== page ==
Discovery of giant marine reptile skull reveals new evolutionary theories |

(CNN) — The discovery of a giant marine reptile skull in the United States has revealed new theories about the speed of evolution and how quickly the process can produce diversity.

The giant ichthyosaur fossil – with a skull measuring nearly two meters (6.6ft) long, an estimated body length of over 17 meters (55.7ft) and weighing 45 tonnes – has been found in Nevada.

Ichthyosaurs are large, extinct marine reptiles that dominated the sea more than 200 million years ago. Analysis of the skull of this particular ichthyosaur fossil has revealed a new species: Cymbospondylus youngorum.

The skull analysis was part of a larger research effort undertaken by an international team to understand how quickly body size evolved in ichthyosaurs compared to how body size evolved in whales – another group originally four-legged terrestrial vertebrates that have come back to life. in the sea, just like the ichthyosaur.

A reconstruction of the life of Cymbospondylus youngorum, in a Triassic ocean teeming with life. Ammonites and squid were abundant in this open ocean environment.

ichthyosaurs grew to the size of a giant body in a very short time, evolutionarily speaking – roughly 3 million years. By comparison, whales took about 45 million years to reach their largest body size,” said Lars Schmitz, associate professor of biology in the WM Keck Science Department – the shared science department at Claremont McKenna, Pitzer and Scripps Colleges at Claremont, Calif. – said in a press release.

Schmitz is part of the team that researched the fossil.

“What this fossil discovery shows is that if the ecological conditions are right and there is some environmental stability, evolution can proceed remarkably quickly.”

Schmitz worked with a team of international researchers to analyze the fossil, identify the ichthyosaur as a new species, create a phylogenetic tree — a diagram that shows the evolutionary relationships between various biological species — and then conducted a computer analysis comparing the rate and type of change from body size of ichthyosaurs to that of whales.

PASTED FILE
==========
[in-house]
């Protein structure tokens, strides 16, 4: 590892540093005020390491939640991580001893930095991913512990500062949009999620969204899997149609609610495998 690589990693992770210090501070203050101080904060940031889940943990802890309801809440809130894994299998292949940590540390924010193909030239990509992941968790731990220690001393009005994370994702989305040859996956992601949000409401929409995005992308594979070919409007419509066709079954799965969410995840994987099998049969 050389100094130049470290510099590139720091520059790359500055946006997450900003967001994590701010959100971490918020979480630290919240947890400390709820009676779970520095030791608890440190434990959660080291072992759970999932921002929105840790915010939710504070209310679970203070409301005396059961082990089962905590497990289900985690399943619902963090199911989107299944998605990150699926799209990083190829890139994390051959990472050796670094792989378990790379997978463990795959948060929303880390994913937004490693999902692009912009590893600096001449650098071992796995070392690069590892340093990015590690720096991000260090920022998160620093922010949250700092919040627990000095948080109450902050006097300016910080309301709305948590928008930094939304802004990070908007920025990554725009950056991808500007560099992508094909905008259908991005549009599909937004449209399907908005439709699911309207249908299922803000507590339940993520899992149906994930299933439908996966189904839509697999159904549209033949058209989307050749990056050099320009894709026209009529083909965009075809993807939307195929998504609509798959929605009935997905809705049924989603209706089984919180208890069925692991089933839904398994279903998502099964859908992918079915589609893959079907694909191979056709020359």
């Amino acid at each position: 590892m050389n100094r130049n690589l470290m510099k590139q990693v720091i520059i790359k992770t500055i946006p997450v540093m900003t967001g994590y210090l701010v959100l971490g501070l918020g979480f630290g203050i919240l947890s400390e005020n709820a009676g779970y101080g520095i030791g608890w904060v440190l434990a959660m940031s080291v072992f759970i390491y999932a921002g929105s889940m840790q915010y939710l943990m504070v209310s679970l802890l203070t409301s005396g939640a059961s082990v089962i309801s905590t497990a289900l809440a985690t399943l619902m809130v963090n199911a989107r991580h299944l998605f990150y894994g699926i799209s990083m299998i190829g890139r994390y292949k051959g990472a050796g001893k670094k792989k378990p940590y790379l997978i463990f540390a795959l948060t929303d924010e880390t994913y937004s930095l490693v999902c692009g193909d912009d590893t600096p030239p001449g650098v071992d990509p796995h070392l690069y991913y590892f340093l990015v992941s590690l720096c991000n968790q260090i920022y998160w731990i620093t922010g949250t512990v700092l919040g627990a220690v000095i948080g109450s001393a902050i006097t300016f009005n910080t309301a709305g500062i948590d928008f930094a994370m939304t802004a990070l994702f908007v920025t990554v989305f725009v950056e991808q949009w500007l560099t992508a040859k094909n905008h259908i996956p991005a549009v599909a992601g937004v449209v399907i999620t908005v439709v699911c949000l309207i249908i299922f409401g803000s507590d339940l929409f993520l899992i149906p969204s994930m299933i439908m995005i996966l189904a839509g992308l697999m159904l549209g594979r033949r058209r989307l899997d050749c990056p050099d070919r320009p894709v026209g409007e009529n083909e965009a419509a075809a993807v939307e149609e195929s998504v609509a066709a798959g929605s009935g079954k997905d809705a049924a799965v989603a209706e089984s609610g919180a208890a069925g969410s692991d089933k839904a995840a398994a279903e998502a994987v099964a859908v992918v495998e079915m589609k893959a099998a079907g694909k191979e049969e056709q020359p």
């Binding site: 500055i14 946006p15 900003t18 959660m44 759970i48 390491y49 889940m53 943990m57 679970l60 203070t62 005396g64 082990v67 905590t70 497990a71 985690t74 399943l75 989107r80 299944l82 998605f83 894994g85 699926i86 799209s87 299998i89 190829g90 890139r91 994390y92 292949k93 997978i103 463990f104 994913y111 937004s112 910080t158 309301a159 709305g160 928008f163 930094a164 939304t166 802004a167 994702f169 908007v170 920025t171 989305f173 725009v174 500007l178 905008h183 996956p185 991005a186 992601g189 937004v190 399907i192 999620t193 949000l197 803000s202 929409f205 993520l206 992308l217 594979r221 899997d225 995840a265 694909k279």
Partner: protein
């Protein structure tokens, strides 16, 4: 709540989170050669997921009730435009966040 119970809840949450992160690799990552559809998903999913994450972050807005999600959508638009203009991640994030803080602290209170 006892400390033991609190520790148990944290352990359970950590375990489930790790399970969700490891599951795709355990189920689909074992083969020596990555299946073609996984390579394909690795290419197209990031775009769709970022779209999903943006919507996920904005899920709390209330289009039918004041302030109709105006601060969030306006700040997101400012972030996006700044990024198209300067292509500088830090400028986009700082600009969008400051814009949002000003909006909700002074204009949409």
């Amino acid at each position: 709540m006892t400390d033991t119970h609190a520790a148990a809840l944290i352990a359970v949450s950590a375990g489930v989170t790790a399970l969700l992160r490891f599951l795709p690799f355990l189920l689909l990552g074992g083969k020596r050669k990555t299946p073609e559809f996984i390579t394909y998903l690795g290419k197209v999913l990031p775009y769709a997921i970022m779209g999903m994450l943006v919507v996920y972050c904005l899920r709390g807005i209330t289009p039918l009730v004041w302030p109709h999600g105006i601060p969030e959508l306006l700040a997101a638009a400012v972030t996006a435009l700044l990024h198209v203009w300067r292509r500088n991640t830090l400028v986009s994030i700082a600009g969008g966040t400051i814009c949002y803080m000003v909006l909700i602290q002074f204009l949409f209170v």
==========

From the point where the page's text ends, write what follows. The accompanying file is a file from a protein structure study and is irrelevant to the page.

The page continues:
Cymbospondylus youngorum was one of a group of reptiles that returned to the ocean during the Triassic period – the beginning of the age of the dinosaurs – and fully adapted to marine life. Schmitz describes it as a “lizard fish”.

The ichthyosaur fossil found in Nevada – which includes a preserved fin-like skull, shoulder and arm – was discovered in rocks that preserved a cross-section of fauna that existed about five million years later.” the Great Death”. This happened around 252 million years ago, when 81% of the world’s marine life disappeared.

When the skull was discovered, the research team was initially unsure how an animal as large as this could have evolved and survived so soon after the most severe extinction event on Earth.

“The oceans of this period were extremely different from our modern oceans,” Schmitz explained. “The modern marine ecosystems that feed whales today are made up of very large plankton, which did not exist when Cymbospondylus youngorum was around. We found a gigantic ichthyosaur that had lived at a time when the oceans were considered unable to support this size of animal.”

The discovery provided Schmitz and the research team with new insight into how quickly evolution can take place and lead to variety.

“This fossil is an example of how quickly evolution can produce diversity,” Schmitz said. “You can go from zero to 100 in a few million years, which is very fast in terms of evolution.”

The research has been published in the journal Science on Thursday.


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